Young people are the biggest consumers of pirated digital content

MANILA, Philippines — Results of a survey by the Intellectual Property Office of the Philippines (IPOPHL) have shown that young people consume the most pirated digital content among different age groups.

IPOPHL chief executive Rowel Barba told attendees of the second major intellectual property forum held recently that he is the youngest of the five age groups who most support pirated digital content .

Of 1,000 respondents to the survey conducted with the World Intellectual Property Organization last year, Barba said that 28% of those who downloaded free movies, 14% of those who read free e-books and 35% of those who downloaded free music came from the youngest group segment, with 18 and 19 year olds.

Ease of access to free content and having peers do the same are among the reasons cited by some young respondents for their consumption of pirated digital content.

“Given these findings, working to create an intellectual property-aware and respectful generation must be at the top of our nation’s agenda. We must take active steps to help them understand the importance of intellectual property as young as they are,” said Barba.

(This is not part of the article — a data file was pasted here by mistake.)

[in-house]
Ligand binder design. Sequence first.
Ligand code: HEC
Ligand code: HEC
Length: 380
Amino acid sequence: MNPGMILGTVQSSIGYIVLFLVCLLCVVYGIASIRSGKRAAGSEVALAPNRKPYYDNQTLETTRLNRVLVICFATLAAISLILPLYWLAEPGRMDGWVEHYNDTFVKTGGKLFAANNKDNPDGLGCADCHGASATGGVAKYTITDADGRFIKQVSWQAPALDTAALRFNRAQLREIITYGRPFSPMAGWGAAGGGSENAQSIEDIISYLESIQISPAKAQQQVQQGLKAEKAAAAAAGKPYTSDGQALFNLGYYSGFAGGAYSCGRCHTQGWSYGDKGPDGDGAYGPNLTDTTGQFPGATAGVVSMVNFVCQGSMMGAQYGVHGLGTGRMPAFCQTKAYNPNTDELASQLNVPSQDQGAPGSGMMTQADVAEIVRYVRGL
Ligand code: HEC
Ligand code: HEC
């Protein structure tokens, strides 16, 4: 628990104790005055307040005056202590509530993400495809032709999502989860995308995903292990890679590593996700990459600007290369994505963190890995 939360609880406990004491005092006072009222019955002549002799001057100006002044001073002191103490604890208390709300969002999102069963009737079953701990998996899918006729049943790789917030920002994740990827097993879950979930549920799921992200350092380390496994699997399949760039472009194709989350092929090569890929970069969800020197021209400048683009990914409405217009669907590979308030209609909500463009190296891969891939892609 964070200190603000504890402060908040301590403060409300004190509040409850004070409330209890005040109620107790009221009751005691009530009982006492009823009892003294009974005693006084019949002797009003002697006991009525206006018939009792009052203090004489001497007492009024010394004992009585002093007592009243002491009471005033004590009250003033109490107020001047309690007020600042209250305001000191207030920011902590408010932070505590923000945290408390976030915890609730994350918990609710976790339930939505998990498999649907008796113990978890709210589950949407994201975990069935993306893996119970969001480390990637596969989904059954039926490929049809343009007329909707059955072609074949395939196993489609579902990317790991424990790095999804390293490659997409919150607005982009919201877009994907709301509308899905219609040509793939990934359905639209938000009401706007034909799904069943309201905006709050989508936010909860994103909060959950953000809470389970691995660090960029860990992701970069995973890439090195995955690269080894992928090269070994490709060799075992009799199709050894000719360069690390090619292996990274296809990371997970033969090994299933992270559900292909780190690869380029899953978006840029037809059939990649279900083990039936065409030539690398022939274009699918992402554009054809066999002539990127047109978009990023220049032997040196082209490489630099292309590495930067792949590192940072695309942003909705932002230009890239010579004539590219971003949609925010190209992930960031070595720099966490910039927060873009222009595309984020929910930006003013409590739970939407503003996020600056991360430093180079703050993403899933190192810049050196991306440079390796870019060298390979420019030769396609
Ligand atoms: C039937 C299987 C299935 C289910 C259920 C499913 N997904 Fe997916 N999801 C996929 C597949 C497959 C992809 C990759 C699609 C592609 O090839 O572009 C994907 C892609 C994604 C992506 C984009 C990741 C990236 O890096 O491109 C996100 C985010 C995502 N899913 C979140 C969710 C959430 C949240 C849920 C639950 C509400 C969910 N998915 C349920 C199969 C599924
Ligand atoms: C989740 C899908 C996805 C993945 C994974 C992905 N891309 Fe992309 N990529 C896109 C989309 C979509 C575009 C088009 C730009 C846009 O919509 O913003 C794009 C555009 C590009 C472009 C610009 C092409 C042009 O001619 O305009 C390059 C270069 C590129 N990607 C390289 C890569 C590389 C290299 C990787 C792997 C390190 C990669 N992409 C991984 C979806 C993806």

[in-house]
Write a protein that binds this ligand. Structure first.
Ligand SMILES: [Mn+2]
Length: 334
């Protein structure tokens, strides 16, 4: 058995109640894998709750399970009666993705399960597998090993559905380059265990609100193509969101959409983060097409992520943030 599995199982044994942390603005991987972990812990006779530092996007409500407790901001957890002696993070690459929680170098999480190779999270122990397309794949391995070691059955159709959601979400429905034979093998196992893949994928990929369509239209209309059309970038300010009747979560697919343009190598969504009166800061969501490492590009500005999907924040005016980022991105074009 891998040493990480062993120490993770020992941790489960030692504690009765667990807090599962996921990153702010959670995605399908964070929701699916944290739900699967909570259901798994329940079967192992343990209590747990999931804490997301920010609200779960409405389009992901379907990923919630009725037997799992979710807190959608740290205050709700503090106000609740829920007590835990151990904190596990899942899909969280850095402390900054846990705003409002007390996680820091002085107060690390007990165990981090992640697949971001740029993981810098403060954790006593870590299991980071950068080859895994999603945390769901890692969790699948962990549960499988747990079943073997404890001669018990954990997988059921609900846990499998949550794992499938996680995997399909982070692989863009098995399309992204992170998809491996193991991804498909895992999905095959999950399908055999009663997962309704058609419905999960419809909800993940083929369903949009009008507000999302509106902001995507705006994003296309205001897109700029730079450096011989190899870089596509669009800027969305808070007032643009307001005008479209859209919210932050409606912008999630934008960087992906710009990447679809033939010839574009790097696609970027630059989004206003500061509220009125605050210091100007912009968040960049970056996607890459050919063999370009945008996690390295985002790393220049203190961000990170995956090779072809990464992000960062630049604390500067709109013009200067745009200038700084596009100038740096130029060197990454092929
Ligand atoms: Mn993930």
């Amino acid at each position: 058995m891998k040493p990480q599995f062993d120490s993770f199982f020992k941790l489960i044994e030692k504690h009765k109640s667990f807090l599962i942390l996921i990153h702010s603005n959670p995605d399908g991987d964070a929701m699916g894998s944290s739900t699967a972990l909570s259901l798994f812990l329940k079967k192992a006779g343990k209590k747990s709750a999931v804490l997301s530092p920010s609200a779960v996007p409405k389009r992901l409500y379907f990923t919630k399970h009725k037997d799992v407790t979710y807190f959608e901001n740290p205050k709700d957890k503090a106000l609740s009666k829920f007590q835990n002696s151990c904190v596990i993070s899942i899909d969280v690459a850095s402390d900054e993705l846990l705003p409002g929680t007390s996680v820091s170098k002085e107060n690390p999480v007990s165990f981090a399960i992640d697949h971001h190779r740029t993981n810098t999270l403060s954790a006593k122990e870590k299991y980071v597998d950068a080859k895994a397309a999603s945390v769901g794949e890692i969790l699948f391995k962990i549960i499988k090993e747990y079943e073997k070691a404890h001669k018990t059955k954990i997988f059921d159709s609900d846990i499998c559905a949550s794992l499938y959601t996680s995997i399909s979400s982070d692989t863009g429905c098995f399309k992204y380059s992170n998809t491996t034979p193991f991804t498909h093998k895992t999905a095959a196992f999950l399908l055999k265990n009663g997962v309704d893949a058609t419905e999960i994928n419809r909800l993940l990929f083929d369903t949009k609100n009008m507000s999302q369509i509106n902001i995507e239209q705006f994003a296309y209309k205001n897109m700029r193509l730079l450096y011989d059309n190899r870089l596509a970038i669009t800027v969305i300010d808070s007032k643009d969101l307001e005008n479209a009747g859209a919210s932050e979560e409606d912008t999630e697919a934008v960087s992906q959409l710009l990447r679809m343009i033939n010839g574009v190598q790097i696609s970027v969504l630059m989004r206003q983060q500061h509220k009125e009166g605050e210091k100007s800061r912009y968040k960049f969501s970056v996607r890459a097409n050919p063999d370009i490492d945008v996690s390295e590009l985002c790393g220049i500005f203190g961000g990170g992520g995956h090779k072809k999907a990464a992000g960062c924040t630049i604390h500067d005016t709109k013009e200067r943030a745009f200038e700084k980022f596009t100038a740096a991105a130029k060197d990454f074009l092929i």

Barba said IPOPHL’s ongoing work to develop an ongoing site blocking regime should prevent young people and others from accessing piracy sites.

In addition to encouraging young people to stop supporting IP infringing practices, IPOPHL will also continue its efforts to promote the creation of IP assets.

“As young people are the biggest internet users and technology adopters, we believe they are in the best position to take on the challenge of leading the Philippines into a bright digital future,” Barba added.

Through its Young IP Advocates (YIPA) program, IPOPHL promotes respect for intellectual property rights among young people and encourages them to create their own high-value intellectual property assets.

With 14 clubs established in 47 YIPA member schools, IPOPHL seeks to provide an IP policy framework to guide clubs.

Barba revealed that the IPOPHL will soon be creating IP policy guidelines for the growing network of IP Clubs to ensure the effectiveness and sustainability of their awareness campaign.

“In the near future, we hope that these IP policy guidelines will also include standards that will increase IP filings among YIPA members and create more IP rights holders as young as students. high school,” Barba said.

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